Shekinna Stricklen made sure she went out in style in her last performance in her home state.
Stricklen scored 19 points, and Glory Johnson recorded her fifth straight double-double, as No. 6 Tennessee routed Arkansas 69-38 on Sunday.
The win was the 36th straight in Southeastern Conference play for the Lady Volunteers (12-3, 3-0), who opened the game with a 25-3 run and never looked back.
Tennessee hasn’t lost an SEC game since a 53-50 loss at Georgia on Jan. 21, 2010, and it was in no jeopardy of doing so while holding the Razorbacks to a season-low point total.
“Our defense was just outstanding,” Tennessee associate head coach Holly Warlick said. “We were swarming, and that’s the type of defense that a Tennessee team should always play.”
Arkansas, meanwhile, remained winless in SEC play. The Razorbacks (11-4, 0-3) hit only 3 of 30 shots in the first half, and their 10-of-55 shooting for the game (18.1 percent) was the worst in school history.
“I haven’t sat at the podium many times after playing a game where I felt like we were totally outplayed from beginning to end,” Arkansas coach Tom Collen said. “I promise you, it wasn’t much prettier from the seat that I had on the floor, and I’m sure it wasn’t real pretty from the stands.”
Stricklen, who starred in high school in Morrilton, Ark., scored what was a career-high 26 points in a win at Arkansas last season, and the Lady Volunteers’ leading scorer was equally impressive this time around. The senior scored six points early as Tennessee opened with a 14-0 run, including one of her two 3-pointers for the game.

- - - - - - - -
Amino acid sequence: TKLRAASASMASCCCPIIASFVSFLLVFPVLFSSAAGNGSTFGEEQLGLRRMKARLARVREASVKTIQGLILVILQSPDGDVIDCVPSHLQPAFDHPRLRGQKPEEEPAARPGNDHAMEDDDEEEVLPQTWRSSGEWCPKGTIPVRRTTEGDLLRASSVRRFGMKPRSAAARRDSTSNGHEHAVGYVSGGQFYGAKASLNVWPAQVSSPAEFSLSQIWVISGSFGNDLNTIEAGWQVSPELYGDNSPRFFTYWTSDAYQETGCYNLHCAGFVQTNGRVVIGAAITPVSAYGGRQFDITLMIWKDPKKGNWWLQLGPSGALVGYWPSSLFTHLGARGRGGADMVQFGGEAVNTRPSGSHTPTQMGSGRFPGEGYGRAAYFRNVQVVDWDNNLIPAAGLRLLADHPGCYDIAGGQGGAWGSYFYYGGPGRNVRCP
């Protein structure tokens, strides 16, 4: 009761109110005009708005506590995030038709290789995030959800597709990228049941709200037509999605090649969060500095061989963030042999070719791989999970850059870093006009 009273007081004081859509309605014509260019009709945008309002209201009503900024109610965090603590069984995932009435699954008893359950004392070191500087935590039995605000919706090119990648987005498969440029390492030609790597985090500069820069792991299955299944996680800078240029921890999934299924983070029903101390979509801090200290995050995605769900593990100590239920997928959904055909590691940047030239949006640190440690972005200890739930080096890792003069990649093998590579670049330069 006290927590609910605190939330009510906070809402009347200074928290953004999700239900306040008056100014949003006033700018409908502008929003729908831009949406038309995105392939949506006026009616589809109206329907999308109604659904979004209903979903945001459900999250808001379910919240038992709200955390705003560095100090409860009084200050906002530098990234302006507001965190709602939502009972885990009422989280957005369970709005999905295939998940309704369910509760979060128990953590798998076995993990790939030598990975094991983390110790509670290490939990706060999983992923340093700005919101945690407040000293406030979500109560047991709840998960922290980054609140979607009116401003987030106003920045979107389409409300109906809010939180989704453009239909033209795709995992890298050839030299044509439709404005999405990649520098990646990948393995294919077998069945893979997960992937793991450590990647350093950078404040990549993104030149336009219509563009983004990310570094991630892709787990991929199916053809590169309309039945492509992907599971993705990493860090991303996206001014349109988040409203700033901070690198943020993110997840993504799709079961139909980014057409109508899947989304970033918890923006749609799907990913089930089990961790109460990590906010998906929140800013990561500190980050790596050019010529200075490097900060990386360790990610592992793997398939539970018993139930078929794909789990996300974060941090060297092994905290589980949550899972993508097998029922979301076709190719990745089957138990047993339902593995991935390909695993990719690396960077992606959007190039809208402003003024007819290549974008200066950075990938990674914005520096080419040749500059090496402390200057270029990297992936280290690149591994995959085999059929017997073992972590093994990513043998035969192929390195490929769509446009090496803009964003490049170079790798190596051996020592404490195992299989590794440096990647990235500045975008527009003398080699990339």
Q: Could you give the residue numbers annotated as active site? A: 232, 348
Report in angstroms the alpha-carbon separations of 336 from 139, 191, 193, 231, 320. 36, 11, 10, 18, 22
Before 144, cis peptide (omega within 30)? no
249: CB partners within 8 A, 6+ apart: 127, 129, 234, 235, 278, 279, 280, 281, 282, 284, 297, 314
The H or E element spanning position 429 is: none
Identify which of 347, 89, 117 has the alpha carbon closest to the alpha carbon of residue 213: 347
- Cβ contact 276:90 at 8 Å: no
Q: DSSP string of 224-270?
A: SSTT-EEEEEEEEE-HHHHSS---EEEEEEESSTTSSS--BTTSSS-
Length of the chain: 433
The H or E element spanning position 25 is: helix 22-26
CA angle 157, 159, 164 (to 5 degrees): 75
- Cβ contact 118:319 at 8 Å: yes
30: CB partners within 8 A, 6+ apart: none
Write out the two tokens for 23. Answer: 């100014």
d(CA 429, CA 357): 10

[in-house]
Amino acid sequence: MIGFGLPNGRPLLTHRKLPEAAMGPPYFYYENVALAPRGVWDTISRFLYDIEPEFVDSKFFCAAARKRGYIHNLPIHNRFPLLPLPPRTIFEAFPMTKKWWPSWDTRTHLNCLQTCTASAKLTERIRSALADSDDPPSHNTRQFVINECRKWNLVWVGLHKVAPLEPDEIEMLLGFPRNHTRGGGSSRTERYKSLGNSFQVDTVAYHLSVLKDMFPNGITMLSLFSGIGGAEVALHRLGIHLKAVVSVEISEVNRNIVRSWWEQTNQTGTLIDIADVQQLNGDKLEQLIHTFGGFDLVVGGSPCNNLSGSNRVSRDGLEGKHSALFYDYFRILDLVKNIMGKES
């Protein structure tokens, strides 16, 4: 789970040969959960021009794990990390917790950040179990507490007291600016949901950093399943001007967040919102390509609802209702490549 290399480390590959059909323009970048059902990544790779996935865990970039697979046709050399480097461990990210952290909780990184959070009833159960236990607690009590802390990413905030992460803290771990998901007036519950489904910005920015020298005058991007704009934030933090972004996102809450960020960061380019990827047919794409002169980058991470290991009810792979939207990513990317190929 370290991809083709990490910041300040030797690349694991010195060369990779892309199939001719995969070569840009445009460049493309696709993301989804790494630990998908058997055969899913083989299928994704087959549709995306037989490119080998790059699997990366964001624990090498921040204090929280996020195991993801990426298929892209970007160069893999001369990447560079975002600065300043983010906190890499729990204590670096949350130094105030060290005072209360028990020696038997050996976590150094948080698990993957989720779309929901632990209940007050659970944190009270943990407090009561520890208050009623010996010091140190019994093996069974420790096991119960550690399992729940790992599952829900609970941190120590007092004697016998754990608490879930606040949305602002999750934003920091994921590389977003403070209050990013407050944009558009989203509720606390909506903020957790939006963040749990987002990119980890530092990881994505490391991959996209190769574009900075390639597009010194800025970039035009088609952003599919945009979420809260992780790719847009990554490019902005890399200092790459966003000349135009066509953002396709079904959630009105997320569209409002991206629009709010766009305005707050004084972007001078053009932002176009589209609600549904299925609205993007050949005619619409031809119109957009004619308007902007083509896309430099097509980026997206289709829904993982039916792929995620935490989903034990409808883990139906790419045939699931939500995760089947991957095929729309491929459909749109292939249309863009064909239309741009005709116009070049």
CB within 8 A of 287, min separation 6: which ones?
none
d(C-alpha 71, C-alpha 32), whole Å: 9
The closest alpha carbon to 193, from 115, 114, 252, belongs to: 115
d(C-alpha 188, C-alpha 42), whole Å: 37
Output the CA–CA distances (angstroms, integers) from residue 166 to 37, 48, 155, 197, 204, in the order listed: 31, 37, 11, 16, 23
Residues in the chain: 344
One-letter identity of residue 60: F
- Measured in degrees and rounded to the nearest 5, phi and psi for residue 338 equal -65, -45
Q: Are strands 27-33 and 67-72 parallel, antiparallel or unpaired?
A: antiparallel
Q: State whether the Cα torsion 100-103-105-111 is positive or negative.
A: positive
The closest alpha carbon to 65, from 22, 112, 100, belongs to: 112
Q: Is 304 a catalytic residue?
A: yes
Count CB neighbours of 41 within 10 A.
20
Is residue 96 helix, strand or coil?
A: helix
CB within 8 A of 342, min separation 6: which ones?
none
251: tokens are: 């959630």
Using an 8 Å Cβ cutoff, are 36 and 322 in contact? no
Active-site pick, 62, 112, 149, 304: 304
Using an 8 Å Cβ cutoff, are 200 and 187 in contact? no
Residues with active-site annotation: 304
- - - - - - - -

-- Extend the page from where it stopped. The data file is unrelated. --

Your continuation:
“Shekinna, I know there’s a lot of pressure on her to come home and play,” Warlick said. “But she seems to thrive on playing in this gym. If we could take this gym back home for Shekinna, we would.”
She finished 8 of 12 from the field and had eight rebounds in front on a sizeable and vocal cheering section behind the Tennessee bench. The strong effort came after Stricklen had shot just 32 percent over her last four games.
“It felt great coming back home and playing in front of my family and friends and people from my community,” Stricklen said. “It’s just great to come back.
“… It felt good to come home and kind of get out of a slump.”
Stricklen’s performance was hardly the only dominant one.
Johnson, who entered the game only four rebounds short of 1,000 for her career, didn’t need long to reach that mark against the Razorbacks (11-4, 0-3). She grabbed her fourth rebound and scored on a putback late in the first half to put Tennessee up 31-8—finishing with 15 points and 14 rebounds.
The game was well out of hand at that point.
Arkansas didn’t score until Lyndsey Harris’ 3-pointer 6:24 into the game, and it opened 1 of 19 from the field. Harris, who finished with 14 points, hit two first-half 3-pointers, and the Razorbacks’ only other basket was a putback by Quistelle Wiliams.
Arkansas’ previous worst shooting half was a 3-of-26 performance against Wichita State in 1981. Its previous worst game was 8 of 41 against Louisiana Tech in 1978.
The Razorbacks entered the game shooting just 38 percent as a team for the season. The previous worst performance this season was a 17-of-53 effort against Florida State in November, but they managed to win that game 55-52.
They had no such chance against the suffocating defense of Tennessee, which held Arkansas’ leading scorer C’eira Ricketts to two points on 1-of-11 shooting. Harris didn’t fare much better at 4 of 14.
“I think eventually we did kind of get down on ourselves as the game went on and the shots weren’t falling,” Harris said. “I think we put a lot of pressure on each of us individually to kind of score.”